A Difficult Book
In the foreword to Imperfect Knowledge Economics, by Roman Frydman and Michael D. Goldberg, 2007 Nobel laureate Edmund S. Phelps writes,
The authors argue that if we aspire to build models that apply to modern economies–economies whose central functioning is the manufacture of change through their innovative activity and their adoption and mastery of the innovations made available–it is contradictory to adopt the rational expectations postulate that whatever change takes place in the future is already knowable and known in the present…
Keynes saw the rate of return as quite unknown and the demand for investment funds as driven by enterpreneurs’ “animal spirits.” Hayek saw that every participant has little or no knowledge of how the economy works as a whole, contrary to rational expectations; that a participant is apt to ahve only some highly specialized knowledge…such knowledge may permit creative person to conceive some new business strategy or new business product that is not in the air, not already known by all…Keynes and Hayek were right but did not carry the day.
Unfortunately, once I moved from Phelps’ foreword to the actual book, I could not understand it, because of all the fancy equations that are not accompanied by sufficient intuitive explanations (for me). So I cannot really write an informed review. The book jacket has endorsements from Jean-Paul Fitoussi, Ken Rogoff, Kenneth Arrow (another Nobel laureate), and Alan Blinder, any one of whom could understand the book if they were motivated to do so.I have a hard time believing Blinder was motivated to really delve into the guts of the book. Rogoff probably was, because the authors focus a lot on the empirical performance of exchange rate models, where Rogoff did some of the most important research.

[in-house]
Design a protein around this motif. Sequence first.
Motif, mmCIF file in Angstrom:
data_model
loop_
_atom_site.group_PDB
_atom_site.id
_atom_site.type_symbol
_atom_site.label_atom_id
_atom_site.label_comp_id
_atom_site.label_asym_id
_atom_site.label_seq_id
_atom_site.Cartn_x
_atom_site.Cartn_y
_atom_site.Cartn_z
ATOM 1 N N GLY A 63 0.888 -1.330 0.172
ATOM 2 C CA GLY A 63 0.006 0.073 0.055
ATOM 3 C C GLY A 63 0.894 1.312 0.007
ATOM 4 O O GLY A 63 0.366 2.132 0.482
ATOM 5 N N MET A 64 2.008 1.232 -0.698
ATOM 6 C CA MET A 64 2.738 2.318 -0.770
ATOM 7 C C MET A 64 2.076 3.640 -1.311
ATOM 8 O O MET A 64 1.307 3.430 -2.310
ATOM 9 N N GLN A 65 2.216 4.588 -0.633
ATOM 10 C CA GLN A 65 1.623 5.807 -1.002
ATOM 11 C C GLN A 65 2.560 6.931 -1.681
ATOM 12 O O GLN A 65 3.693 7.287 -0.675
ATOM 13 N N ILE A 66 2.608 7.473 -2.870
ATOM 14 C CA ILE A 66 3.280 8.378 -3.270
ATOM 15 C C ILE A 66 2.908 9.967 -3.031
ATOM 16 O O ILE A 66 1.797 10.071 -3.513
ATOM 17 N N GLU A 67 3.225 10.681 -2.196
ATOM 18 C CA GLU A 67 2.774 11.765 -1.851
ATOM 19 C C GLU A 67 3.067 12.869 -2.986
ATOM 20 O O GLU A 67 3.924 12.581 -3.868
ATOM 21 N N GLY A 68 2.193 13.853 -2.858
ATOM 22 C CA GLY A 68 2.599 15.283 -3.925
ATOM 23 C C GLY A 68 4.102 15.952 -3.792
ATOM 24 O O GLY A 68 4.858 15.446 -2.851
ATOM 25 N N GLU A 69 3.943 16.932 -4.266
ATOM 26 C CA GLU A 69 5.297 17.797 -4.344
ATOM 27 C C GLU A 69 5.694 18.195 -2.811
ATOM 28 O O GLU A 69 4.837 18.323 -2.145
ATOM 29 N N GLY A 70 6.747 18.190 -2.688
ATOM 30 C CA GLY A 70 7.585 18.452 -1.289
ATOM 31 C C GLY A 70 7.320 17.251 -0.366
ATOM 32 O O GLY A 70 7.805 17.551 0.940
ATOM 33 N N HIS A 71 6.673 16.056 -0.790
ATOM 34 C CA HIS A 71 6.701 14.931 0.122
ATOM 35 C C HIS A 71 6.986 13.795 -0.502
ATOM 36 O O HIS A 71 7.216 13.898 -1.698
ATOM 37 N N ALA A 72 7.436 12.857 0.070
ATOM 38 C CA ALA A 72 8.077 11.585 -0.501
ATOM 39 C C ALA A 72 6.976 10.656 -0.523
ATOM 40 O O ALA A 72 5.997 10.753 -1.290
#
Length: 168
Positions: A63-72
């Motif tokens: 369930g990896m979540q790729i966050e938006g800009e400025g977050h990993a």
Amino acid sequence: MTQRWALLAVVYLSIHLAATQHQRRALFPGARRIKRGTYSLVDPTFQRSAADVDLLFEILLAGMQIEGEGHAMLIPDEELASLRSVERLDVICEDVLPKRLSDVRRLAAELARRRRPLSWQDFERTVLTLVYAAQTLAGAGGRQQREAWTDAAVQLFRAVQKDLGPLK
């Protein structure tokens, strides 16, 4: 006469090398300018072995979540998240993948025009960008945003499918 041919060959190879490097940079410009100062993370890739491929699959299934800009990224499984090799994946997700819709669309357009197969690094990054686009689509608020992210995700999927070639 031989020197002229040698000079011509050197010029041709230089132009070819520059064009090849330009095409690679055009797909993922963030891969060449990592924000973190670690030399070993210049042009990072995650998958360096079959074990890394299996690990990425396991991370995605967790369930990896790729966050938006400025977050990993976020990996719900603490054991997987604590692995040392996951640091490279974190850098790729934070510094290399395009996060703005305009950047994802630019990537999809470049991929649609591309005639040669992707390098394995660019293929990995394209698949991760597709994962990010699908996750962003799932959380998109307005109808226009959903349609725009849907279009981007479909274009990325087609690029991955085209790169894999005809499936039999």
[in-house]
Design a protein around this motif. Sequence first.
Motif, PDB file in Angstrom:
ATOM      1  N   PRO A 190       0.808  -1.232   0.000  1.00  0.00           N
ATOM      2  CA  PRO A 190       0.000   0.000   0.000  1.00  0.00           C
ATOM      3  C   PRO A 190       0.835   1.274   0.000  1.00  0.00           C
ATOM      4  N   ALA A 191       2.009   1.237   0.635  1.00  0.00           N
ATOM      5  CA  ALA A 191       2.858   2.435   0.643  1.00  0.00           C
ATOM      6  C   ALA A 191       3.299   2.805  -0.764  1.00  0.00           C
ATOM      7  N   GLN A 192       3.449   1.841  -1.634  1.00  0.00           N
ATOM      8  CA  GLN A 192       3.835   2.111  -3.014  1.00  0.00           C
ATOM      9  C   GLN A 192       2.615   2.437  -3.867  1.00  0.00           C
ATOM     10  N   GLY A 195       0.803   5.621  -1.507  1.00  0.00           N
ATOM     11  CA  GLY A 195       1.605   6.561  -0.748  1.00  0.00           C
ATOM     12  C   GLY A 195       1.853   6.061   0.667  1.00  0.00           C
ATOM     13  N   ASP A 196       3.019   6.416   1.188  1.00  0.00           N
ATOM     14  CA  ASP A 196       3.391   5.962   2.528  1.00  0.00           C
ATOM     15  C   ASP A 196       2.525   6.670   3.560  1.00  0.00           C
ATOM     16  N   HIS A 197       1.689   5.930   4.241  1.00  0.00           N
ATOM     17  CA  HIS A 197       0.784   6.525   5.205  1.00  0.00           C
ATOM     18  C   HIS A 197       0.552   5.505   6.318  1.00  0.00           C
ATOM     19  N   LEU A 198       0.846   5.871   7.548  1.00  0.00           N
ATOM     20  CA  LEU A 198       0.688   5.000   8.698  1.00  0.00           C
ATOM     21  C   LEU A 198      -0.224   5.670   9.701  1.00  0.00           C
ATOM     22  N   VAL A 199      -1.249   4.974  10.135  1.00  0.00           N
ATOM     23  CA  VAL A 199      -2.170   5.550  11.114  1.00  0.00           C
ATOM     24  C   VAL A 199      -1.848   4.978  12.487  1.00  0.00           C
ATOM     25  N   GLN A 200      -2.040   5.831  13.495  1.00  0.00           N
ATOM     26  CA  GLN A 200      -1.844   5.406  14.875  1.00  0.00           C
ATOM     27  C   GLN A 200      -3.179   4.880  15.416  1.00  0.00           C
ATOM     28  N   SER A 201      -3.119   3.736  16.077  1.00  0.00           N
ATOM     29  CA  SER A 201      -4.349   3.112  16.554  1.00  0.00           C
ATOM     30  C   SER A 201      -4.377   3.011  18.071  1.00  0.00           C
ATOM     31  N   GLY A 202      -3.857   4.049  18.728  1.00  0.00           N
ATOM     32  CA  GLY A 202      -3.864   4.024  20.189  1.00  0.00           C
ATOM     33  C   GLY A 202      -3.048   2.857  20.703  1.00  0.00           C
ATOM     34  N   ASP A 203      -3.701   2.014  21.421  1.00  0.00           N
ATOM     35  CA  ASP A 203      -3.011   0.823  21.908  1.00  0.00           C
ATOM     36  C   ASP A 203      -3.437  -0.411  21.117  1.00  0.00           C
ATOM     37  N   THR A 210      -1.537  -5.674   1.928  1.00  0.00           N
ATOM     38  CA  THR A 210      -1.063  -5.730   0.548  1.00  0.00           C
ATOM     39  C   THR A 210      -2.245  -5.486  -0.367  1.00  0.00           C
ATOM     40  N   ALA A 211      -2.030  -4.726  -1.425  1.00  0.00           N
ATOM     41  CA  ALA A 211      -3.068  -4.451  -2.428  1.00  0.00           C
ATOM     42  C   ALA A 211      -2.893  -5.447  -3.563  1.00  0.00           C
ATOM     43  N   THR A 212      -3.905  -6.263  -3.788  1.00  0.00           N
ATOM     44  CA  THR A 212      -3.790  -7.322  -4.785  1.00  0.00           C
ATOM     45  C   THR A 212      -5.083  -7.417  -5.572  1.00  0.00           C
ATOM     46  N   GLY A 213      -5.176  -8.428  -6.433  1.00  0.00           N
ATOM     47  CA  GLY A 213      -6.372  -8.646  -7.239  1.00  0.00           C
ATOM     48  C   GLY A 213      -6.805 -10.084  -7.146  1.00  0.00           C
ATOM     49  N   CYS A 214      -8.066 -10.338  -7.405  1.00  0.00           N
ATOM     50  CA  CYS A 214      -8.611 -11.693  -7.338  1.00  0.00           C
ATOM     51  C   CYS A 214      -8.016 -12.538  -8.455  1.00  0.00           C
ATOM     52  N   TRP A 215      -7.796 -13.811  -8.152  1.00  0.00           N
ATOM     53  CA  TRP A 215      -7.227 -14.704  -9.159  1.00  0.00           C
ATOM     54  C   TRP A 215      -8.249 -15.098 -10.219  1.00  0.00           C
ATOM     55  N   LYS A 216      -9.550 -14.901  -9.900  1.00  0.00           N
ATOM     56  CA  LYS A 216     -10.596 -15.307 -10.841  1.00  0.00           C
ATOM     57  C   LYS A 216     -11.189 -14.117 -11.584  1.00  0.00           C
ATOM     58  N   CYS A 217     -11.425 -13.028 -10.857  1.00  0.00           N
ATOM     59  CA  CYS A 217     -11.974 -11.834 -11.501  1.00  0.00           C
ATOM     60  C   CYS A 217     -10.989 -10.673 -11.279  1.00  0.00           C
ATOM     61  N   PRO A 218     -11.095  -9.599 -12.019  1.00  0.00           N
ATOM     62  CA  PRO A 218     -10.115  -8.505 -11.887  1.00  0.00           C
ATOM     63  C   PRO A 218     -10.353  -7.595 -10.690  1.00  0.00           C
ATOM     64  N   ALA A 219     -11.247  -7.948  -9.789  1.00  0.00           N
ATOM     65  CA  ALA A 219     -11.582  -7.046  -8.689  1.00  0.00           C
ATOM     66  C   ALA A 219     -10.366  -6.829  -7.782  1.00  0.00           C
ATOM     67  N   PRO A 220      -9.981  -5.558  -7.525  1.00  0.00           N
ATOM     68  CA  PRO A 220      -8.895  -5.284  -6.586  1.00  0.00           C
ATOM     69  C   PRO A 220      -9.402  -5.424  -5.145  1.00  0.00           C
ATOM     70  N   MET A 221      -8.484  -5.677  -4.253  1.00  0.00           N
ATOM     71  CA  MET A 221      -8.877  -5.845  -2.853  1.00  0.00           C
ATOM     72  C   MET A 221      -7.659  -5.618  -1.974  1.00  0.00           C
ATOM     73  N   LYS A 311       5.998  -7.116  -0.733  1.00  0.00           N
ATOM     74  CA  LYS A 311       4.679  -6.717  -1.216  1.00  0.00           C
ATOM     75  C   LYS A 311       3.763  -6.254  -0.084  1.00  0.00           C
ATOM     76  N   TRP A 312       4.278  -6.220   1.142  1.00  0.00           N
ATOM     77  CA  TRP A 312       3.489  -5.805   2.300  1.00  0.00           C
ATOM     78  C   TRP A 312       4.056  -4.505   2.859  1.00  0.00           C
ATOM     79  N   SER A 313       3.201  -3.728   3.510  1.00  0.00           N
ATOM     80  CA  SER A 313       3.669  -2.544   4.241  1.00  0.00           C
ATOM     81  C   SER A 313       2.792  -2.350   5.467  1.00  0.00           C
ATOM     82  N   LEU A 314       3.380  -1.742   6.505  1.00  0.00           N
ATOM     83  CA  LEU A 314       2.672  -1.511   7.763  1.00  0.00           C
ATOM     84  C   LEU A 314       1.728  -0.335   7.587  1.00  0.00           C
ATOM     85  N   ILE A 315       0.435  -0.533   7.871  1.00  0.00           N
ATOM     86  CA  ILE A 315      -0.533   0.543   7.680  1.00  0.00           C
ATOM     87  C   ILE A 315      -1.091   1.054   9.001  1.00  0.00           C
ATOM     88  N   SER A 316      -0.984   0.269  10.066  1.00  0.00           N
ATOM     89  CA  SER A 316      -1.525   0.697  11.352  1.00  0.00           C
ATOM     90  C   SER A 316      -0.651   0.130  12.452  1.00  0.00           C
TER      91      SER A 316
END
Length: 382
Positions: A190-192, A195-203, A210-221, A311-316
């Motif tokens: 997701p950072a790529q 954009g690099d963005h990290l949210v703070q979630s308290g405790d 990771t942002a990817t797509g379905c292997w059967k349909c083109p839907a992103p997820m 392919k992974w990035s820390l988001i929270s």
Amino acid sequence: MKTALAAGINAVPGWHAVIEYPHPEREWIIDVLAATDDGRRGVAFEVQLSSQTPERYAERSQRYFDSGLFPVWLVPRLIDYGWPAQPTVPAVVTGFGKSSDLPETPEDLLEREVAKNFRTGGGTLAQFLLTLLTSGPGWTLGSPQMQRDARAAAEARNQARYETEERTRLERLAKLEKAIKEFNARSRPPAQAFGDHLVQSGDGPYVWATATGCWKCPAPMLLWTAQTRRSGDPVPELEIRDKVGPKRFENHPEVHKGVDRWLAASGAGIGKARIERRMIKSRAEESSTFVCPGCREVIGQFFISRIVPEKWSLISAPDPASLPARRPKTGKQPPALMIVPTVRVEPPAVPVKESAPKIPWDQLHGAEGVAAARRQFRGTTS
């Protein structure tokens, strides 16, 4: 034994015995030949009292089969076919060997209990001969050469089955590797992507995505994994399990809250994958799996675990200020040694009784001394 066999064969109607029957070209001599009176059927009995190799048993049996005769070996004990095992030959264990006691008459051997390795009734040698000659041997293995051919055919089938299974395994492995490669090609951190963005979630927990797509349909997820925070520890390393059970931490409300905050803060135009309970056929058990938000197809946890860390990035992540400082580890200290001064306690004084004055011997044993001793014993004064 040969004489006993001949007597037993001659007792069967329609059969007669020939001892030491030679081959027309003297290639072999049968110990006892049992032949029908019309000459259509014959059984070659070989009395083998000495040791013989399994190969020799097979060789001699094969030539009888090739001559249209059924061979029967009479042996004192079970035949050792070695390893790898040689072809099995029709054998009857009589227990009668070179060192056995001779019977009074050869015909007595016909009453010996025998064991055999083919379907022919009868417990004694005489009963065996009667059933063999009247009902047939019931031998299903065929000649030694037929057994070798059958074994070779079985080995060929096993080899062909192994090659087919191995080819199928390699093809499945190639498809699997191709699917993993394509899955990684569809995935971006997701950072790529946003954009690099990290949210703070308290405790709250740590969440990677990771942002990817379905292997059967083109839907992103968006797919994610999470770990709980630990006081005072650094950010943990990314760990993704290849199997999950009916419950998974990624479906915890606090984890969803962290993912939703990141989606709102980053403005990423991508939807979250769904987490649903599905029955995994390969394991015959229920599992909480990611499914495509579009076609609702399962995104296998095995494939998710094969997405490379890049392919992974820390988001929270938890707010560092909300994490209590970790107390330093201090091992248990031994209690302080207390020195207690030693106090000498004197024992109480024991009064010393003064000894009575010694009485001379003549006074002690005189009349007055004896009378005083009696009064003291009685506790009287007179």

Exchange rate markets differ from most markets in that currencies are traded in central locations, so that anyone with any sort of opinion or exposure can participate on pretty much equal terms. So the uncertainty is going to consist of different models of the world. I thought that this sort of situation had been explored by Mordecai Kurz, but I do not see Kurz listed in the list of citations.
Because participants in financial markets cannot be certain which model of the world prevails, I have always thought that the sorts of variance bounds tests pioneered by Shiller are silly. Those are tests that compare the observed variation of fundamentals (dividends in the case of stocks) to the variation in market prices. It seems to me that if you make a small change to your dividend growth forecast, you can get a big change in a stock price. Back in the day, people pooh-poohed my criticism. They said I was just worrying about nonstationarity. I did not understand what they were saying, and I was never convinced that they understood what I was trying to say.
In any event, my view of the world now is that financial intermediaries, including ordinary corporations that raise funds in the capital markets, are not perfectly transparent (contra Modigliani-Miller). So investors have to guess what sorts of risks they are taking. Risk premiums move around as innovations occur and as investors revise their ways of making guesses about the intermediaries. The subprime mortgage kerfluffle is an example of this sort of movement.
So I agree broadly that it is a shame that Keynes’ and Hayek’s notions of uncertainty and imperfect knowledge got trampled under the steamroller of rational expectations. However, the “new” mathematical approach of Imperfect Knowledge Economics does not speak to me.